The computational method is due to the lack of experimental results for heavy particle non-Newtonian open channel flow and high computation cost, validated for an experimental case of two-phase non-Newtonian flow in open channel. Haldenwang’s [

The two-phase CFD model was validated using the experimental results published by Haldenwang [

Case 2: (a) a comparison between the 3D CFD result and the Haldenwang [

Open channel length should be considerably longer if a fully developed flow profile is to be achieved [

Figure

3D CFD results of flow depth along the channel for different drill cuttings sizes and volume fraction at steady state. The inlet velocity is 0.5665 m/s for all cases, and the total inlet volume flow rate value is equal for each case.

In all cases, the flow depth reduces along the channel length, which is due to the increase in velocity in the gravity flow. The highest cutting concentration gives the lowest flow depth due to the largest momentum.

Streamwise velocity with particles and without particles is shown in Figure

Steamwise velocity distribution with particle and without particle for the same inlet volume flow rate. The inlet velocity is 0.5665 m/s. The velocity is measured 0.7 m to the downstream from inlet of the channel.

Very high wall friction applies to particle flow because of higher particle concentrations (^{−6} s). This, however, requires a computational time that is unrealistic. The channel used in this study is 1 m long with a low solid concentration. The short channel helped to reduce the computational time by reducing the number of computational cells. The settling distance is greater than the channel length. Particle settling is therefore considerably smaller in the channel used in this study than a long channel. Therefore, the results from this study mainly apply on to not fully developed flow. Figure

Particle settling bottom wall, the flow direction indicates by the arrow. Drill cutting size is 5 mm and inlet volume fraction is 0.05. (a) The solid volume fraction of drill cuttings on the bottom of the open channel at steady state,

Drilling well return flow is a multiphase non-Newtonian flow of mainly drilling mud and drill cuttings. The effect of drill cuttings on open channel flow was studied, with the results being presented in this paper. This can be used for well return flow estimation. The multifluid VOF model 3D CFD simulations were carried out for drilling fluid flow with drill cuttings in open channels. The CFD model was validated using experiment results published in the literature. The effect of drill cutting size on flow depth was found to be small compared to the effect of the cuttings fraction. The drill cuttings volume fraction doubled from 5% to 10% in open channel flow, with the average variation of the flow depth being 2.5%. The effect of cuttings on flow depth in well return flow modeling for a short, prismatic (constant cross section) open channel was found to be small. The conclusion might be different for long and nonprismatic channels. The increase in particle friction due to the rise of the total particle volume is also small, and energy loss is negligible. The liquid level decreases for a higher solid fraction. Higher concentration acts as a higher net density. Thus, the higher density and approximately the same friction will yield a lower flow depth.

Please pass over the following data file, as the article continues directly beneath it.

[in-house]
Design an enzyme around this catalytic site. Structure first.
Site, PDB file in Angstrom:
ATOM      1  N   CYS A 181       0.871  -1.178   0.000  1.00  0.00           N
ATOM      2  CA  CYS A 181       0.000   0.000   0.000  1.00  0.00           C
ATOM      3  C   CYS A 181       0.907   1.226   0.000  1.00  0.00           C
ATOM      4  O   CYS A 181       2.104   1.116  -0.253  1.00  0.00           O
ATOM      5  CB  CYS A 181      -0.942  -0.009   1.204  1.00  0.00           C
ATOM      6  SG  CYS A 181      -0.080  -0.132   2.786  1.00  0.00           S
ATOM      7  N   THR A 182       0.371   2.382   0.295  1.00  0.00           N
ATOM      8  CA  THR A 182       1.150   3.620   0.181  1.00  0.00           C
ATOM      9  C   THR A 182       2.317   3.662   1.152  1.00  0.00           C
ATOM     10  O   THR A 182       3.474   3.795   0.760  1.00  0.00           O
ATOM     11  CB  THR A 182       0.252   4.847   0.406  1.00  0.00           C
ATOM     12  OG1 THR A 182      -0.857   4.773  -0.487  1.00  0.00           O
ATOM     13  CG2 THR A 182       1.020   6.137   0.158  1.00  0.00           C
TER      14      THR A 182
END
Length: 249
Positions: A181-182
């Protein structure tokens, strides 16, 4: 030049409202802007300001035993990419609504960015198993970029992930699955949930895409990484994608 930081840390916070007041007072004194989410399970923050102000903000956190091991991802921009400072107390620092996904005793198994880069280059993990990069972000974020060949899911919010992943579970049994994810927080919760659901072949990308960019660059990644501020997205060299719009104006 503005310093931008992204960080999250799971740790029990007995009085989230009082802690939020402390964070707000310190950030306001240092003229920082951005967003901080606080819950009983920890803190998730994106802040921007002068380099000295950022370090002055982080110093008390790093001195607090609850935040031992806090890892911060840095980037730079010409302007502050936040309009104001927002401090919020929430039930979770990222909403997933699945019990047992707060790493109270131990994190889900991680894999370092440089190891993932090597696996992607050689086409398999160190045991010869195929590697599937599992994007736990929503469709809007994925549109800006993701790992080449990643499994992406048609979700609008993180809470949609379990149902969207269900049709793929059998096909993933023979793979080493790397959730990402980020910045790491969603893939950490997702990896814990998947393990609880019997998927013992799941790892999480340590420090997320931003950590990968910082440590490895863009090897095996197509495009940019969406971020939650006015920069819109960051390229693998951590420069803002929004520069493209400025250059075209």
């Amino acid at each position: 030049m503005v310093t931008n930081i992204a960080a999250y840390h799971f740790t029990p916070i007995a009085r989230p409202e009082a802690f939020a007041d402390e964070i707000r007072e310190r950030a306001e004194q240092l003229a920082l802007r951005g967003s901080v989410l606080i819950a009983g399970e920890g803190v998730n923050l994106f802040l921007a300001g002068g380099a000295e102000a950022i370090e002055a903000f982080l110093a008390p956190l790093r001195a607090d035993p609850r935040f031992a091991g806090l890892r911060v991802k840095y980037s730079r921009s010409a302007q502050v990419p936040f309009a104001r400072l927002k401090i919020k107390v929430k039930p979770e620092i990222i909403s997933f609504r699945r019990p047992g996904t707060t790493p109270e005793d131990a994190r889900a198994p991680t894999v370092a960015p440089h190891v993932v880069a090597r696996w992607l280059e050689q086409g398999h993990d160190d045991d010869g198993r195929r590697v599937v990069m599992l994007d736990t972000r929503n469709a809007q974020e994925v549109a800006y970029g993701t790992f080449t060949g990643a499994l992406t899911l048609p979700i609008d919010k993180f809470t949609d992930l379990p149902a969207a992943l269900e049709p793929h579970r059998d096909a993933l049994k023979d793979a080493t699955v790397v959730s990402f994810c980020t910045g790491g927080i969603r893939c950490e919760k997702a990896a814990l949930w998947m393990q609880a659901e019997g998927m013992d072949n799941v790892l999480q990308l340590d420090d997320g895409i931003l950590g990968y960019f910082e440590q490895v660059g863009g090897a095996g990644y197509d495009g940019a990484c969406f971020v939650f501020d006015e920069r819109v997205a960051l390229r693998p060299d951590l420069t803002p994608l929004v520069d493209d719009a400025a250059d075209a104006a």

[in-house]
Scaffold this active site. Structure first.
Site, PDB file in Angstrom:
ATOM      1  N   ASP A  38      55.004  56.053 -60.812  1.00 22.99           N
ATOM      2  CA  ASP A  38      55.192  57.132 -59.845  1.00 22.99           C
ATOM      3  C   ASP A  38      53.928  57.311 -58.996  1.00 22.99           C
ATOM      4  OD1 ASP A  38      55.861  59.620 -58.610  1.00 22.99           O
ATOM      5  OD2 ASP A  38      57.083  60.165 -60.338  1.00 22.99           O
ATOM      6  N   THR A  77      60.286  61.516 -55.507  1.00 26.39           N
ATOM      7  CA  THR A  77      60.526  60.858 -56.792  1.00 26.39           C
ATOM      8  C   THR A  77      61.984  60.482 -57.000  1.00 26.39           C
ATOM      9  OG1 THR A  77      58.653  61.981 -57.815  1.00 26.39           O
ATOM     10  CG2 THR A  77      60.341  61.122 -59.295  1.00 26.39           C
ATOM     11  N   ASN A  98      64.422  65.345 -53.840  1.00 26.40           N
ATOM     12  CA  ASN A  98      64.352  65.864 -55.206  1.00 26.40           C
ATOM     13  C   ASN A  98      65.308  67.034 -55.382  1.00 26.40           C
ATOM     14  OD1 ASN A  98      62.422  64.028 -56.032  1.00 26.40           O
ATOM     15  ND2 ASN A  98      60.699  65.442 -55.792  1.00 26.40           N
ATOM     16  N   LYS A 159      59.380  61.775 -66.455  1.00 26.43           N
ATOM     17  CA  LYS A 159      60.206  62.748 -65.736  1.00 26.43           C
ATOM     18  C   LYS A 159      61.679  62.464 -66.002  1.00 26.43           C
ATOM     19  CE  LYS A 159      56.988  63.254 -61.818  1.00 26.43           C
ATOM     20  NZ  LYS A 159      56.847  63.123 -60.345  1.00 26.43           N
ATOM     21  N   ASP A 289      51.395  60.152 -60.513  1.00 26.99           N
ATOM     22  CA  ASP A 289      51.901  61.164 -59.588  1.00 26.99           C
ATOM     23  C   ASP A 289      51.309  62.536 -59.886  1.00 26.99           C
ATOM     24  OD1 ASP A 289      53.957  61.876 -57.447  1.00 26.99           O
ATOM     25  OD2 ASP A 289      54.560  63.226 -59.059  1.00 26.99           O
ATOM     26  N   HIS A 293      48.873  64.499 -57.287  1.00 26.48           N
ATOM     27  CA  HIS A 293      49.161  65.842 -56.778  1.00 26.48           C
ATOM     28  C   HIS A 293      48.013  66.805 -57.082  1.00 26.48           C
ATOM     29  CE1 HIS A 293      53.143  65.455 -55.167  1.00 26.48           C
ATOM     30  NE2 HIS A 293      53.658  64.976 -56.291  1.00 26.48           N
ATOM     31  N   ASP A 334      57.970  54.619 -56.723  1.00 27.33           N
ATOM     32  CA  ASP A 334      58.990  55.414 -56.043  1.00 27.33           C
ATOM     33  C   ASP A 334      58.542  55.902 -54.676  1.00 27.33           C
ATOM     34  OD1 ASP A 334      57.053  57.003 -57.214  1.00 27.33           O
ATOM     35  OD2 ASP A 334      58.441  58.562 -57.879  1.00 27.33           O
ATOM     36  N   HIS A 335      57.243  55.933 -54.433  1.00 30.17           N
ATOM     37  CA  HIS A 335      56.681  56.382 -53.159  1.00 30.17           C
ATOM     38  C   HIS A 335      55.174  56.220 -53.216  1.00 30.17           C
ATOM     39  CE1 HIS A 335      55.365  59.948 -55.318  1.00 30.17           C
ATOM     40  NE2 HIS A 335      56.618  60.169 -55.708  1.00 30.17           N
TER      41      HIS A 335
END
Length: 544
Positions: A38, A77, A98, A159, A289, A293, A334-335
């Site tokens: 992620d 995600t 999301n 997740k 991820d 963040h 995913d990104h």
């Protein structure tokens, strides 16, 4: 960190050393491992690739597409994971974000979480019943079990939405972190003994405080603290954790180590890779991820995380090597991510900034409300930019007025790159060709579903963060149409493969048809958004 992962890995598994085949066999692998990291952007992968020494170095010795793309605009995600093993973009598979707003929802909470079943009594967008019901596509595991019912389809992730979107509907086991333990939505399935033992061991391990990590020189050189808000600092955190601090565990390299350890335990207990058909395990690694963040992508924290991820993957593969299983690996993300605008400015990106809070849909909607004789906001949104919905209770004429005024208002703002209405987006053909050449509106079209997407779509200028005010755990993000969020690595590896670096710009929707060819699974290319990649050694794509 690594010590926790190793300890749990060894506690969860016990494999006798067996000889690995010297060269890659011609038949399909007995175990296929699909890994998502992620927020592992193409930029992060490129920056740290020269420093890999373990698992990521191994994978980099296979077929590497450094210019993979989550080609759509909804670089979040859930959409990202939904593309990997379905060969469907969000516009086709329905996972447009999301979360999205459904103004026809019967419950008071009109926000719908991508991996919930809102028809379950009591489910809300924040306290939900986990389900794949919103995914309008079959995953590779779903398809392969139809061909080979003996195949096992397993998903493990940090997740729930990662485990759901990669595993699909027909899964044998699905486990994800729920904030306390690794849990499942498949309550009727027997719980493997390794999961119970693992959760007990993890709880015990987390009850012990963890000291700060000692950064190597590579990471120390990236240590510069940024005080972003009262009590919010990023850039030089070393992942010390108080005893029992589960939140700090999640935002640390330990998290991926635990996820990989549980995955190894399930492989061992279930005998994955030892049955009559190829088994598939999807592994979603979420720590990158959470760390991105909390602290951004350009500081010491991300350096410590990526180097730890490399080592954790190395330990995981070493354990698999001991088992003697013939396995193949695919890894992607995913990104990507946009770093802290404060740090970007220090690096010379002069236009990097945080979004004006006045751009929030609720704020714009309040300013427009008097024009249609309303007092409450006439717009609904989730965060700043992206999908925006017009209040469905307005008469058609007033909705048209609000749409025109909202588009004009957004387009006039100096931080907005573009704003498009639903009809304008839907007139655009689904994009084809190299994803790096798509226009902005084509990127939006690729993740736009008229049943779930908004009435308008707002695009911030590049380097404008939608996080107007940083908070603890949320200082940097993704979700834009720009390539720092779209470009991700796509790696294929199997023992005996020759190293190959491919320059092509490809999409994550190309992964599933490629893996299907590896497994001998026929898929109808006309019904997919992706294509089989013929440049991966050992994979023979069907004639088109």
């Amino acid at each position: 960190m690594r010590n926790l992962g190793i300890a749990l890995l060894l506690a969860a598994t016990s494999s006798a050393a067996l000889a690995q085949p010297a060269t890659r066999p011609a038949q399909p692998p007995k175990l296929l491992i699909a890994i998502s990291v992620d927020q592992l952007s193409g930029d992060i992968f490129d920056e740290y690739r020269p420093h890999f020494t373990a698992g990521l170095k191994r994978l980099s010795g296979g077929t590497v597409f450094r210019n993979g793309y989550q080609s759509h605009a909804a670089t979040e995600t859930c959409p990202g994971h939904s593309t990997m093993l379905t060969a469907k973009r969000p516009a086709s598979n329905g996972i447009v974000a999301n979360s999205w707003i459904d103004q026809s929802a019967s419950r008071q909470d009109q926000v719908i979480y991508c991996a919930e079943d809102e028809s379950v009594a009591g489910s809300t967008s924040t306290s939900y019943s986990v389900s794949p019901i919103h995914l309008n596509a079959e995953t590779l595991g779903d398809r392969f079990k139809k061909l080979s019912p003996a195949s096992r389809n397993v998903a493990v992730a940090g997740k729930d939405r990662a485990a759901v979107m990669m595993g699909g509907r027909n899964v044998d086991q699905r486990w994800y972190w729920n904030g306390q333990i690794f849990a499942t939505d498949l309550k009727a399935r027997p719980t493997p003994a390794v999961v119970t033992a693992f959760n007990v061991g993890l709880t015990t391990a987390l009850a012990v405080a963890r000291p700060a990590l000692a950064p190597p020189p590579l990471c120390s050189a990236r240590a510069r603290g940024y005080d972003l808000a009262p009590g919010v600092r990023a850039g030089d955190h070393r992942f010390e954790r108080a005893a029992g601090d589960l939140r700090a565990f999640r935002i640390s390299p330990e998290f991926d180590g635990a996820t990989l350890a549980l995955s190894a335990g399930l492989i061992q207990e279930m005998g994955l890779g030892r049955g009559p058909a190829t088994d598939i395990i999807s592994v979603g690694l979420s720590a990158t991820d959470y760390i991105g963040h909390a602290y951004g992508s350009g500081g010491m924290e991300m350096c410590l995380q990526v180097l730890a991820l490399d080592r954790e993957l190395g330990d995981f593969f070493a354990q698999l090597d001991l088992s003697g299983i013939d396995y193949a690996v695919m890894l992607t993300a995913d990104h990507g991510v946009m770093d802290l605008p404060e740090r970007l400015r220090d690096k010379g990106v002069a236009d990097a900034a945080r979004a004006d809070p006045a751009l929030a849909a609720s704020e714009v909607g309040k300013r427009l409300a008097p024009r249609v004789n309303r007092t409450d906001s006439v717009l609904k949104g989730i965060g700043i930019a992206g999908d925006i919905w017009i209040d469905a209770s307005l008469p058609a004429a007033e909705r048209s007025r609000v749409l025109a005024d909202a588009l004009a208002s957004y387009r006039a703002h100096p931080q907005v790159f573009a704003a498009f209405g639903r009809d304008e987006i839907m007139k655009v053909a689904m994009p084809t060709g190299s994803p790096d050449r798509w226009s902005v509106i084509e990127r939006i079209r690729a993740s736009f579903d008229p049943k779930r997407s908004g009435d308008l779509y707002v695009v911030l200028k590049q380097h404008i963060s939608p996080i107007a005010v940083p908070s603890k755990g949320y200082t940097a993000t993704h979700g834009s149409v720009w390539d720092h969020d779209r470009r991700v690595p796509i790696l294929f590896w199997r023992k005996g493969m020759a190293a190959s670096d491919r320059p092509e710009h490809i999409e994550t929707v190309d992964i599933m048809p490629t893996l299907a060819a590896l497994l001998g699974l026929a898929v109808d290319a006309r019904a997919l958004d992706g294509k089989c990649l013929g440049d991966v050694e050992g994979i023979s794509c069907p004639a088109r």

Lift force of

Virtual mass force of

Gravity vector (m/s^{2}), gas phase

Flow depth (m)

Turbulence kinetic energy (m^{2}/s^{2})

Liquid phase

Pressure shared by all phases (Pa)

Solid phase

Temperature of gas phase (K)

Temperature of liquid phase (K)

Temperature of solid phase (K)

Three-dimensional velocity components of

Average velocity (m/s)

Volume fraction of

Volume fraction of liquid phase

Volume fraction of gas phase

Volume fraction of solid phase

Interphase momentum exchange coefficient

Turbulence dissipation rate (m^{2}/s^{3})

Density of ^{3})

Stress-strain tensor of

The CFD and experiment data used to support the findings of this study are included within the article.

The authors declare that they have no conflicts of interest.

The economic support provided by the Research Council of Norway and Equinor ASA through project no. 255348/E30 “Sensors and models for improved kick/loss detection in drilling (Semi-kidd)” is gratefully acknowledged. The authors thank Per Morten Hansen and Andre Vagner Gaathaug for their assistance.